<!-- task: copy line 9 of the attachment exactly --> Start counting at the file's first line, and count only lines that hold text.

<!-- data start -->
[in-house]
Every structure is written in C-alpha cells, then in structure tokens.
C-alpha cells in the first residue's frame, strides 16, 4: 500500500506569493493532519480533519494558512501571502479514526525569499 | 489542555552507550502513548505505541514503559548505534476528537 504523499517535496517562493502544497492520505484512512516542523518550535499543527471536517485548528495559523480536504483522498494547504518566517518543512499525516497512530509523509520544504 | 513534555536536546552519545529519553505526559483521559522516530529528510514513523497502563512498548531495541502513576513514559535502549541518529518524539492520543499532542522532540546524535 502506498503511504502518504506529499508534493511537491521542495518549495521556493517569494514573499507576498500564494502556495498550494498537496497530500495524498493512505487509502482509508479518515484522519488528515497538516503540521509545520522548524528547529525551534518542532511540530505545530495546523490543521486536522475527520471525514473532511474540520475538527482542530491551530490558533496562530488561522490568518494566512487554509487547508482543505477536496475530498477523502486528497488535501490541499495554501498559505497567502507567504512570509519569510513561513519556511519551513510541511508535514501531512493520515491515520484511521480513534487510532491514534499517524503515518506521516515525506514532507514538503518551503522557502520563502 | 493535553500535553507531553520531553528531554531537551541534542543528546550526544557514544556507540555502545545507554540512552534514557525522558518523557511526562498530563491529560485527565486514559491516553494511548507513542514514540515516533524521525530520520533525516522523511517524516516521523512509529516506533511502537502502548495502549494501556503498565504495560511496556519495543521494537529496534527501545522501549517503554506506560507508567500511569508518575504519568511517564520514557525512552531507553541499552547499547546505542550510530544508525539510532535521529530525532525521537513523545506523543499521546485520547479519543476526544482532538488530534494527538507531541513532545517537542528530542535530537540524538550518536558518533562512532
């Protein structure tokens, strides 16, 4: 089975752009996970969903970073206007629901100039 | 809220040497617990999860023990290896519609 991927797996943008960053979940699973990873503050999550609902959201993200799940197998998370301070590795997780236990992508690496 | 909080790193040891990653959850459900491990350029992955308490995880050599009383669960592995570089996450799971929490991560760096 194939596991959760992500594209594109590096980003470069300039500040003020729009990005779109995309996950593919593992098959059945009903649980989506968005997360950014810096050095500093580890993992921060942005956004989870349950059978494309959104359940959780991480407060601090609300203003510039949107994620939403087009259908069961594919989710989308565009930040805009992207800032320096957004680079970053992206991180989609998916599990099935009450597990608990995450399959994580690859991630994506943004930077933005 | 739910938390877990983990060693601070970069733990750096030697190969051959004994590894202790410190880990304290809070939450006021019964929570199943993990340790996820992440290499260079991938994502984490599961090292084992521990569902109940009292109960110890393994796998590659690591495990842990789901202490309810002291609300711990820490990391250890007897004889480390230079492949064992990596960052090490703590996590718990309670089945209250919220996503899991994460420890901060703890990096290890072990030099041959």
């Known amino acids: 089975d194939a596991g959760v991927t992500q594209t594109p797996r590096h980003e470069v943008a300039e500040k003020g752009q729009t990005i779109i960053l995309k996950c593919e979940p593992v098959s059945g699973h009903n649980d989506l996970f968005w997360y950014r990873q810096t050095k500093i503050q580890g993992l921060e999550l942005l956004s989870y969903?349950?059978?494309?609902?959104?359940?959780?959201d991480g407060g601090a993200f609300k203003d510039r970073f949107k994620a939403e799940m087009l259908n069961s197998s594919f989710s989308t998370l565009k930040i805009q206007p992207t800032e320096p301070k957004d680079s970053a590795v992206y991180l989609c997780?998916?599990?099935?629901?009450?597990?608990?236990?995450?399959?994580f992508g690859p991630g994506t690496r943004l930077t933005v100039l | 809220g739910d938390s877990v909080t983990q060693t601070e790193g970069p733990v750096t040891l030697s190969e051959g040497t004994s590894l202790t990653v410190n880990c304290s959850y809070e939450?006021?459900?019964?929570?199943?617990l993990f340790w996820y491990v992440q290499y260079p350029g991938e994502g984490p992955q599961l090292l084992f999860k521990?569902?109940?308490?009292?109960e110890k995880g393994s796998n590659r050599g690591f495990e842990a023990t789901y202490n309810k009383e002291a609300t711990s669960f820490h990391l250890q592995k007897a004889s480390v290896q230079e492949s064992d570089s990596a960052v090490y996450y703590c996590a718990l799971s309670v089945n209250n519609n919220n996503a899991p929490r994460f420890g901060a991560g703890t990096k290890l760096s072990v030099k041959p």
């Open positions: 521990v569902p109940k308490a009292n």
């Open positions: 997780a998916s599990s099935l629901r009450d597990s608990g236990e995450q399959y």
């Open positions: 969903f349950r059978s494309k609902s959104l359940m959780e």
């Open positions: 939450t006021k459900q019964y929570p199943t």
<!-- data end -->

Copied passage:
């Open positions: 939450t006021k459900q019964y929570p199943t």